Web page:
Insights from former trustee -Shirley Potts
I first encountered Andrea and John a little later in 2013 – a few months after Elliot had so suddenly and tragically died. I was working for Child Bereavement UK – a national charity that supports families when a child dies, or a child grieves. Typical of them, Andrea and John hadn’t initially contacted the charity for their own support, rather, they wanted to discuss setting up a support charity in Elliot’s name. By late 2013 they had realised what little support was available to suddenly bereaved parents and their surviving children, and, with grief still raw in their own lives, thought of helping others who might experience a similar tragedy to theirs. No doubt I am one of many people that Andrea and John would prefer never to have met, given the circumstances that caused our paths to cross, but I am extremely glad to have known them and witness all they have achieved in Elliot’s name. I know only too well the painful journey they have traversed and the emotional scars they carry – but I also know of their fierce love for Emily and Oliver (Elliot’s big sister and brother) and their determination that their surviving, but grieving, children would be supported and understood. Oliver had transitioned to Senior school that same year and the pastoral care of a local Primary school often outshines that of a huge Senior school. John and Andrea soon developed a passion for raising awareness among teachers for how best to support bereaved children in their schools.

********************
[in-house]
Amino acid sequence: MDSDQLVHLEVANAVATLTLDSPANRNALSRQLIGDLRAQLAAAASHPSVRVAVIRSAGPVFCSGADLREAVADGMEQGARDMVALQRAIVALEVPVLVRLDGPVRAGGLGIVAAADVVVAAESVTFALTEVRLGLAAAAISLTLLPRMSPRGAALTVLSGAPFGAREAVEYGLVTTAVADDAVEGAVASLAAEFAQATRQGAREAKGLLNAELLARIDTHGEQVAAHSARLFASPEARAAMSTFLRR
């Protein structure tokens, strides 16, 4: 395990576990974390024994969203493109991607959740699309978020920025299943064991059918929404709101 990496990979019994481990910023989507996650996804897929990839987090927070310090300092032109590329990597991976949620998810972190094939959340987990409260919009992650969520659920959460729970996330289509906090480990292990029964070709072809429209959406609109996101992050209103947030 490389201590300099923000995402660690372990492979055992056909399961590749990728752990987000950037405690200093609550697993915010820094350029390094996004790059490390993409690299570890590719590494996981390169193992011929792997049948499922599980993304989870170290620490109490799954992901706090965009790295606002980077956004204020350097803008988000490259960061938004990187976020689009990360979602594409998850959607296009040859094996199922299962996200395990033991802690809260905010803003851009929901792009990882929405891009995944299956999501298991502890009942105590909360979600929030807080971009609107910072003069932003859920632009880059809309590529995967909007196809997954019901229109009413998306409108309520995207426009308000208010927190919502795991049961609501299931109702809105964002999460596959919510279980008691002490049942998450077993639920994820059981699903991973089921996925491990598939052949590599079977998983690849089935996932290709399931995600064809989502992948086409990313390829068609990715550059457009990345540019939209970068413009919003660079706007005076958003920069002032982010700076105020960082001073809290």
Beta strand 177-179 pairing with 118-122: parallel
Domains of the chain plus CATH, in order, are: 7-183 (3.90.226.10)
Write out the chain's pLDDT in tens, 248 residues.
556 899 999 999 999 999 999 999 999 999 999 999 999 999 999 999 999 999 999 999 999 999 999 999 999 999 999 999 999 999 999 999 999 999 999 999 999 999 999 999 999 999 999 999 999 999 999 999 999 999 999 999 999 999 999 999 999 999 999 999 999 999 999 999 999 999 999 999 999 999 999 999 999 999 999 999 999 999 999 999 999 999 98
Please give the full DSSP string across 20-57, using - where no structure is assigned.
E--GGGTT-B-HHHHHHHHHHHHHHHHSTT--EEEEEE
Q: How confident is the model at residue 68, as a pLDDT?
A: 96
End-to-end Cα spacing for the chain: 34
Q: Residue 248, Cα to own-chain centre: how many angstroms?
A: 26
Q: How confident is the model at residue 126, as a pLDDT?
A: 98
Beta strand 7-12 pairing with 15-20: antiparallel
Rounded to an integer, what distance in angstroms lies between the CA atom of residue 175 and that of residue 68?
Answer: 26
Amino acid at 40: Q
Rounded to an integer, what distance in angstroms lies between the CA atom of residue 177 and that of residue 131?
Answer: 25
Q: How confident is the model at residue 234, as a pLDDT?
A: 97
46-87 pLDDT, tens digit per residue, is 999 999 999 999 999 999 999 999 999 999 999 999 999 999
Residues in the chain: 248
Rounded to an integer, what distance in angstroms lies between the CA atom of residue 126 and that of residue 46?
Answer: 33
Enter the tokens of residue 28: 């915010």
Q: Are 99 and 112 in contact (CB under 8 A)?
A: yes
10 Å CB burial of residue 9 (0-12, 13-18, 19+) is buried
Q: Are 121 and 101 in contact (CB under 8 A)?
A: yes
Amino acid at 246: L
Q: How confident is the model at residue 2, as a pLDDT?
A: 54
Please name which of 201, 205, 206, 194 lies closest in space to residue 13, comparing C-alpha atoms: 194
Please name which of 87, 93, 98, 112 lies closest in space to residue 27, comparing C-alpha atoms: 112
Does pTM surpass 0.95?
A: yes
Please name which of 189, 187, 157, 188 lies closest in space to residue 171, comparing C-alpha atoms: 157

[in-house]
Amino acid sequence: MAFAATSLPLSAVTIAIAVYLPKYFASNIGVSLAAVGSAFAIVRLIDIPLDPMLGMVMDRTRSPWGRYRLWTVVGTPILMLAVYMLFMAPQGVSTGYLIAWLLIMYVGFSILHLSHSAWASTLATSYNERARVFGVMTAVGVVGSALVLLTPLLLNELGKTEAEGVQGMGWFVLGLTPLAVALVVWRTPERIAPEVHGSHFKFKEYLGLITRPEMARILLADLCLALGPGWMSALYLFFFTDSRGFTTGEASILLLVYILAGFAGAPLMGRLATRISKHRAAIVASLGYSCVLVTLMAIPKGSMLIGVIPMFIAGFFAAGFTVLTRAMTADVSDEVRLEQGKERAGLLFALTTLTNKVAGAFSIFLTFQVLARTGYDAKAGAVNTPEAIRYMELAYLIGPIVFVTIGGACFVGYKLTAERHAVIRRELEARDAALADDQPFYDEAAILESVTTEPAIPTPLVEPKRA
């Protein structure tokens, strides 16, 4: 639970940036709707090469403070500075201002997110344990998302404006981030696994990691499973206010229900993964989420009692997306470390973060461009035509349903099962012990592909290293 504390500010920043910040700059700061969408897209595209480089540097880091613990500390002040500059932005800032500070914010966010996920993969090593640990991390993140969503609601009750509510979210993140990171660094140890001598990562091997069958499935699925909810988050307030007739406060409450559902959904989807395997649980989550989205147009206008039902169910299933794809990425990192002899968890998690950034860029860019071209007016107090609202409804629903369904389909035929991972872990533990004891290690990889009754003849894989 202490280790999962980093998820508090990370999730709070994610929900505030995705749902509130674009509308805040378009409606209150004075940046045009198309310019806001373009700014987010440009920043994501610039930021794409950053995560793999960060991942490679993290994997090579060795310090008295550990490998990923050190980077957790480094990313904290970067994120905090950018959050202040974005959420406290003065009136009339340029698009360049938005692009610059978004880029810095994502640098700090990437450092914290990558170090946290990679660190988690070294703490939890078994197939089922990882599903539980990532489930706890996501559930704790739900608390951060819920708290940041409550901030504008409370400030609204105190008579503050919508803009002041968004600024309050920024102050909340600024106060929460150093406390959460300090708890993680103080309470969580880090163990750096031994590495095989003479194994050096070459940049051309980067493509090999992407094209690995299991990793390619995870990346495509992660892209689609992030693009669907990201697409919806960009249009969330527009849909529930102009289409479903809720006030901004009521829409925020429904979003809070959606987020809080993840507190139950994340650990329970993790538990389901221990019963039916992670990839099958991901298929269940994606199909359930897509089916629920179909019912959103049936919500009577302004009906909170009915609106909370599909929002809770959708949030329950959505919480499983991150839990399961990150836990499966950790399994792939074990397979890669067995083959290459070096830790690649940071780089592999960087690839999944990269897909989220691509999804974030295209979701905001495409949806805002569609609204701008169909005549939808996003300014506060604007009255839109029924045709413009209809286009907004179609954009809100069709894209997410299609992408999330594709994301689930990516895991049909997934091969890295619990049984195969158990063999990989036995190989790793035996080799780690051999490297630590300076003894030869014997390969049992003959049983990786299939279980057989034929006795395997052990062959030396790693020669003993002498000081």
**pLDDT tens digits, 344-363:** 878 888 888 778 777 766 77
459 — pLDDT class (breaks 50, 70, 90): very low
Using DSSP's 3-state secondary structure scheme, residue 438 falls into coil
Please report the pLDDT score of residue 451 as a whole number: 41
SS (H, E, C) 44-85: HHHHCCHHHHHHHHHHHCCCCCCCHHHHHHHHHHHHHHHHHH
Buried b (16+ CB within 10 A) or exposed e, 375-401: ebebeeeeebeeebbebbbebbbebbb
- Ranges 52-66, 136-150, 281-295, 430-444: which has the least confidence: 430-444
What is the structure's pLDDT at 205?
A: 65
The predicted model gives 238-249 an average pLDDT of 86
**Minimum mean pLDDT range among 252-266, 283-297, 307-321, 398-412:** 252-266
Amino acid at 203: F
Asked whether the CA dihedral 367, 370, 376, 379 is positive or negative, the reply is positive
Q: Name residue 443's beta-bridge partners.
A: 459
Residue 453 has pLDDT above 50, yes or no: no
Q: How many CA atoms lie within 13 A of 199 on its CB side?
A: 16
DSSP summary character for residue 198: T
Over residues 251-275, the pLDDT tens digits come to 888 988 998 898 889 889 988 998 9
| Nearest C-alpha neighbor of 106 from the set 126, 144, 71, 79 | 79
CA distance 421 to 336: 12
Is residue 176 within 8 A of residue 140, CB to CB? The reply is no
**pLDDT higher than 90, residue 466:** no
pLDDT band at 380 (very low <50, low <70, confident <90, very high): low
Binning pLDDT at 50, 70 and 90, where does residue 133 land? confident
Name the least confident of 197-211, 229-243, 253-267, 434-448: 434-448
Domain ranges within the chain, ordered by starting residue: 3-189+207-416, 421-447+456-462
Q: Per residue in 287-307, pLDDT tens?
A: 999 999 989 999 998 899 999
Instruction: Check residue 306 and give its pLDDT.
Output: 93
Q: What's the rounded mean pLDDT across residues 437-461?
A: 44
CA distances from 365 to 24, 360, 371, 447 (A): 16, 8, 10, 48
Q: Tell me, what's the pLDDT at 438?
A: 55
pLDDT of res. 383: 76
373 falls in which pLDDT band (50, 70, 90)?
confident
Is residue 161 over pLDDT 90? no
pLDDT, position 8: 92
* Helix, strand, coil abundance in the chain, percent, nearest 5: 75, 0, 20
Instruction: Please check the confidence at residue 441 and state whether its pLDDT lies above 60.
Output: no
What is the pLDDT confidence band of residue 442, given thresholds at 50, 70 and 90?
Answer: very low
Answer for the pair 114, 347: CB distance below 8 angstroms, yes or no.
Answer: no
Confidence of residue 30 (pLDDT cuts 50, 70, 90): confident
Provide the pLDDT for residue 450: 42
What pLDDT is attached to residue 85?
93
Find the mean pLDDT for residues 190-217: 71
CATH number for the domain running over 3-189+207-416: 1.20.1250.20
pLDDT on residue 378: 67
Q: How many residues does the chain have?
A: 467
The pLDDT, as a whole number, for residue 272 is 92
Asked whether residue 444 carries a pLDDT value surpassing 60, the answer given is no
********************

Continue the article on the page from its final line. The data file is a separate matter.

I was Director of Regional Development for CBUK at the time, and my work, along with my colleague Rich Stafford, involved developing networks of relevant professionals and practitioners to improve bereavement support – particularly in areas of multiple deprivation across England. A later area we focused on was Bradford, which is, of course, a hop and a skip from Leeds, so as time went on and the work of Elliot’s Footprint progressed, we were able to collaborate on offering training to hundreds of Leeds school teachers. Running those awareness-raising sessions was also a passion of mine and I was repeatedly and increasingly impressed with how Andrea and John could re-tell their own experience in such an informative and edifying way; despite the emotional cost it must have brought. Participants in these sessions regularly commented on how helpful it had been to hear a family’s lived experience and unique perspective.
I commenced my career in a children’s hospice – where “sudden and unexpected” would be a rare descriptor of a sad death. Having worked across a range of bereavement experiences, I feel I am qualified to say, “no comparisons”. For the outsider, it may seem that a sudden, unexpected death (like Elliot’s), or even a road accident must bring such shock and horror to families, alongside their grief, that surely such trauma puts it at the top end of a ‘scale of grief’?
There is no scale.
I have found that even where families have known for years that their child has a terminal prognosis, the child’s death still comes with deep pain and shock.
I would even suggest that the death of a 92-year-old (who we will say, in our inimitably British way, “had a good innings”) may still leave a 71-year-old daughter who has lived all those years with her mother in her life – and is bereft.